But if you have chronic medical problems, dealing with conditions like hypertension and heart disease and diabetes and obesity, then you need to be seen on a more regular basis, with lab work that is no longer considered preventive. And with potentially diagnostic tests, like something as simple as an EKG or a chest X ray, well, if you have a five to $10,000 deductible, all of that's coming straight out of your pocket. And because they are underinsured for the kind of routine maintenance things they come to primary care for, it makes it very difficult to get them to come in and do what they need to do to take care of those chronic problems.
So I think there are some pluses and minuses here. And I would say we all knew that the ACA was not the perfect law. But it got us a major leap forward. And it is the position of the American College of Physicians that we need to build on that and improve the areas that have made it difficult for many patients and many physicians.
ME: Let me ask you to look forward a little. If the court overturns the law, do you think there are elements of it that will stay in place or will we just revert back to where we were in 2009?
JF: I think the reality is understanding what the decision is before the court. In the big court case [National Federation of Independent Businesses vs. Sebelius, 2012] the Court said the mandate for everyone to have insurance was really a tax and therefore was constitutional. Since Congress in 2017 made that tax penalty zero, then the decision going forward is, is it a mandate? And if so, is it unconstitutional? Or do you say, well, that part is unconstitutional, but the other parts are severable, or separate from that one issue?
In many ways, the court probably wants to make this as narrow as possible. That's typically how they have ruled on things like this, and certainly with a more conservative court. It would be extremely unusual for them to say that not only was the mandate unconstitutional, but also not severable from the rest of the law, and therefore the whole ACA is out. I just don't think that's going to happen because it would create just so much chaos and uncertainty for us, the people. And so I can't imagine them doing that. But that is the worst case scenario.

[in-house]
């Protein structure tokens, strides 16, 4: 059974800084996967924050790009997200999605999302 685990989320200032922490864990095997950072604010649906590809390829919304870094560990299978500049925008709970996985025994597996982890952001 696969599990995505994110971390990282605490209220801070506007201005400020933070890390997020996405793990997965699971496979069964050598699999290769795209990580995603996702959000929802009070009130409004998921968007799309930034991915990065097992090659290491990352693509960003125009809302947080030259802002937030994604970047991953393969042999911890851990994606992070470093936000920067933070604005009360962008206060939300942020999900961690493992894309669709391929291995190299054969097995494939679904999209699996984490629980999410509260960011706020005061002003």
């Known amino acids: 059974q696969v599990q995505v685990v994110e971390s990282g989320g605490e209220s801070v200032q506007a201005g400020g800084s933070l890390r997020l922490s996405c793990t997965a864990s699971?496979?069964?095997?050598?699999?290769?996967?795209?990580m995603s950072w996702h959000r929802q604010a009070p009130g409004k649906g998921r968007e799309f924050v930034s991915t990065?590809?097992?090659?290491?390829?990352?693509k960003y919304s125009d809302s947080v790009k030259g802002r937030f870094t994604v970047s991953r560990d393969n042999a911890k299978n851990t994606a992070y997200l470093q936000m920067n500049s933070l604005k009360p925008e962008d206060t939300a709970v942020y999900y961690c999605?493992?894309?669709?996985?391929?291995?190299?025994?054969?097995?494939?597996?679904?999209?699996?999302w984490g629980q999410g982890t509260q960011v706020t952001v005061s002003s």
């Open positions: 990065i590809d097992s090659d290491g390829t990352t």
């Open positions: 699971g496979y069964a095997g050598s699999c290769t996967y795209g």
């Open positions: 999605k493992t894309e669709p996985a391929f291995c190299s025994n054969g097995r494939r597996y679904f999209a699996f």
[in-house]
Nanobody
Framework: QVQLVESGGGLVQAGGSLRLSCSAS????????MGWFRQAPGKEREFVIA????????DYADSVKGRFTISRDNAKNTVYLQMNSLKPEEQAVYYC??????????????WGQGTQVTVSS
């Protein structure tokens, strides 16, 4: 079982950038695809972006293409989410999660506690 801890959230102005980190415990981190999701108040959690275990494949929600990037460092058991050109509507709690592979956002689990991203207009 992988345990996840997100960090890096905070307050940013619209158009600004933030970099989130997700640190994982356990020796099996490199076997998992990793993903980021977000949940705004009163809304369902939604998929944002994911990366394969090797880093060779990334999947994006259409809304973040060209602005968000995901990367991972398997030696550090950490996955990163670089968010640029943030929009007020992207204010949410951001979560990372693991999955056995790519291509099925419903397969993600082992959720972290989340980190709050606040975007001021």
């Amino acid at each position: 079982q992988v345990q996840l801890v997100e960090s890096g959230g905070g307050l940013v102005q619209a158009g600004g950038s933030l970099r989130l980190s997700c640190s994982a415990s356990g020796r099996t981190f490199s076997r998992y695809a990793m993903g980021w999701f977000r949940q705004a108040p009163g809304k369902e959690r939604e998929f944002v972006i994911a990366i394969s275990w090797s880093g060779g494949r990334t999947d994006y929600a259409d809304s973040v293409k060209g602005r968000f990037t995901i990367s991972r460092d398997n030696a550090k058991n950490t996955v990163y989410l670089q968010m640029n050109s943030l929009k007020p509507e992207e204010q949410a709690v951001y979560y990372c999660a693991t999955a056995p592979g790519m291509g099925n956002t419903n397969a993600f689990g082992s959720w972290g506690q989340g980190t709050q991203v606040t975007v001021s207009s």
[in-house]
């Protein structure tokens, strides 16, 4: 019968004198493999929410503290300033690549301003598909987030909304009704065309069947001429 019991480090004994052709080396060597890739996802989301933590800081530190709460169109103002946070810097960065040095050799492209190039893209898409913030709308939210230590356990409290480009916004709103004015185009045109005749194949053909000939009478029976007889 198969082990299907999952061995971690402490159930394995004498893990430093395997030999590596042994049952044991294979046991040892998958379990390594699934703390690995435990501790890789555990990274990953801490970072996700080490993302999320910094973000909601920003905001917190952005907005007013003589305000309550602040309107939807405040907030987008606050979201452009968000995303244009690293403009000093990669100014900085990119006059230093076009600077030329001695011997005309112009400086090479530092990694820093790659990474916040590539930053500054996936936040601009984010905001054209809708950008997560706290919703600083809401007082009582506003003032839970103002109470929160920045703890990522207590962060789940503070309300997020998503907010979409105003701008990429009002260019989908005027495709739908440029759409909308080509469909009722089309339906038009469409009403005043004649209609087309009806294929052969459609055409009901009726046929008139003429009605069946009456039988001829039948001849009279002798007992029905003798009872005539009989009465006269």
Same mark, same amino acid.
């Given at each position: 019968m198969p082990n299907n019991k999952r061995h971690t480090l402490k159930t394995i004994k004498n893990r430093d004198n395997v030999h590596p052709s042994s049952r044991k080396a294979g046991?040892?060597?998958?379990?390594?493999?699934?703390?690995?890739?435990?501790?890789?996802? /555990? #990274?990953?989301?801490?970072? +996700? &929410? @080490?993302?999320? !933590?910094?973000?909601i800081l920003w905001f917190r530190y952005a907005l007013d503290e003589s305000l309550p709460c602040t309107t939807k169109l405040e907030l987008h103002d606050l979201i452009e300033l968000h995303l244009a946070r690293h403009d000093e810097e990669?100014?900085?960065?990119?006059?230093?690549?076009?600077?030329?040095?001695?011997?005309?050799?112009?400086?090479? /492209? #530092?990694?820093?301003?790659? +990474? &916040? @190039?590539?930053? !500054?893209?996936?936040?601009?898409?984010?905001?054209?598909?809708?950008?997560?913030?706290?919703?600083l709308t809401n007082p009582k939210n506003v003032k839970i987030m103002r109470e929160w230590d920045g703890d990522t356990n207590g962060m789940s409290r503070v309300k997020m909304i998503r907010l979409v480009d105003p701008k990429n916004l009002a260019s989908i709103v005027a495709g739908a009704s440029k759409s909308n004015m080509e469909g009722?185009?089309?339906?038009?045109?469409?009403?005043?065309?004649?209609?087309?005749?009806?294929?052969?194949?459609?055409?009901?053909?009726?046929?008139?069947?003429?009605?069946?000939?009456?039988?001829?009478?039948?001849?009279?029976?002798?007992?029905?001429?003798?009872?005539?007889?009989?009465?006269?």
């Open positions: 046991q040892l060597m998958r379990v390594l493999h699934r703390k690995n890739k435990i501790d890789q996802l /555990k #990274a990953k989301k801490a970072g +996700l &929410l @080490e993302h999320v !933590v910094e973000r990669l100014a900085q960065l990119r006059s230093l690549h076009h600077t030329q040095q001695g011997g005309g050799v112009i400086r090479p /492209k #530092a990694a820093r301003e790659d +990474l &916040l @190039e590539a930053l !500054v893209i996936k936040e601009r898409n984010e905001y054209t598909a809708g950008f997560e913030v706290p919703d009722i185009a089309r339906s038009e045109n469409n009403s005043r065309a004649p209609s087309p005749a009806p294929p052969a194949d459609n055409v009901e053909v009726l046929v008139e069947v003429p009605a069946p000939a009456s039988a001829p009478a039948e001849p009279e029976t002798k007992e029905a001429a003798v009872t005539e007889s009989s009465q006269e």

ME: That's a good segue to my next question, which is whether you have discussed these possibilities with your colleagues, either in your own practice or at the ACP, and are you preparing for different eventualities, different outcomes?
JF: So I will say that in our practice, we haven't discussed it at all. We've been a little busy, you know, with the pandemic, we have been focused on are we going to be able to stay in practice and pay our staff? That's what honestly, that's what we've been focused on.
I will tell you from the ACP, obviously, a lot of some of the same in terms of being focused on the pandemic, and advocating and creating the policies and the recommendations on not only being able to deal with the pandemic, but keeping practices going and giving advice and helping our patients.
Back in January 2020, we came out with a better vision for U.S. healthcare. We were hoping it would be a big splash in the media if we could design a US healthcare system that covered everybody, where everyone had access to the care that they need, at a price they and our country could afford, what would that look like? And how would you change payment and delivery form to be able to create that?
We laid that out in a series of four papers published in the Annals of Internal Medicine. We weren't thinking about the ACA being repealed so much as taking some of the good things that it had, but building way better, and expanding on all those options. And we laid that out in great detail.
So I always encourage people to go back and look at that, because it builds on the good things of the ACA, but changes a lot of the payment delivery reform, so that we continue to have primary care physicians. That continues to be a huge source of concern for the college, and for other primary care organizations. These are huge issues, because we still have not really put the investment in this country in primary care. If we did, we would have lower costs, we would have better care, people would have access to a primary care physician to prevent all those things or discover them early. And having that access to really high value care would make all the difference.
ME: Does the possibility of the law being overturned ever come up with your patients?
JF: I will say two things to that. I think people who have pre-existing conditions or have significant chronic ongoing conditions that have private insurance, they are the ones that are that are worried and express concern, because they are concerned if the ACA goes away, that they will no longer be able to get or afford insurance coverage. And remember, beforehand, a lot of these people that did have pre-existing conditions could not get insurance coverage at any cost. And so I think they are more acutely aware and more concerned about that.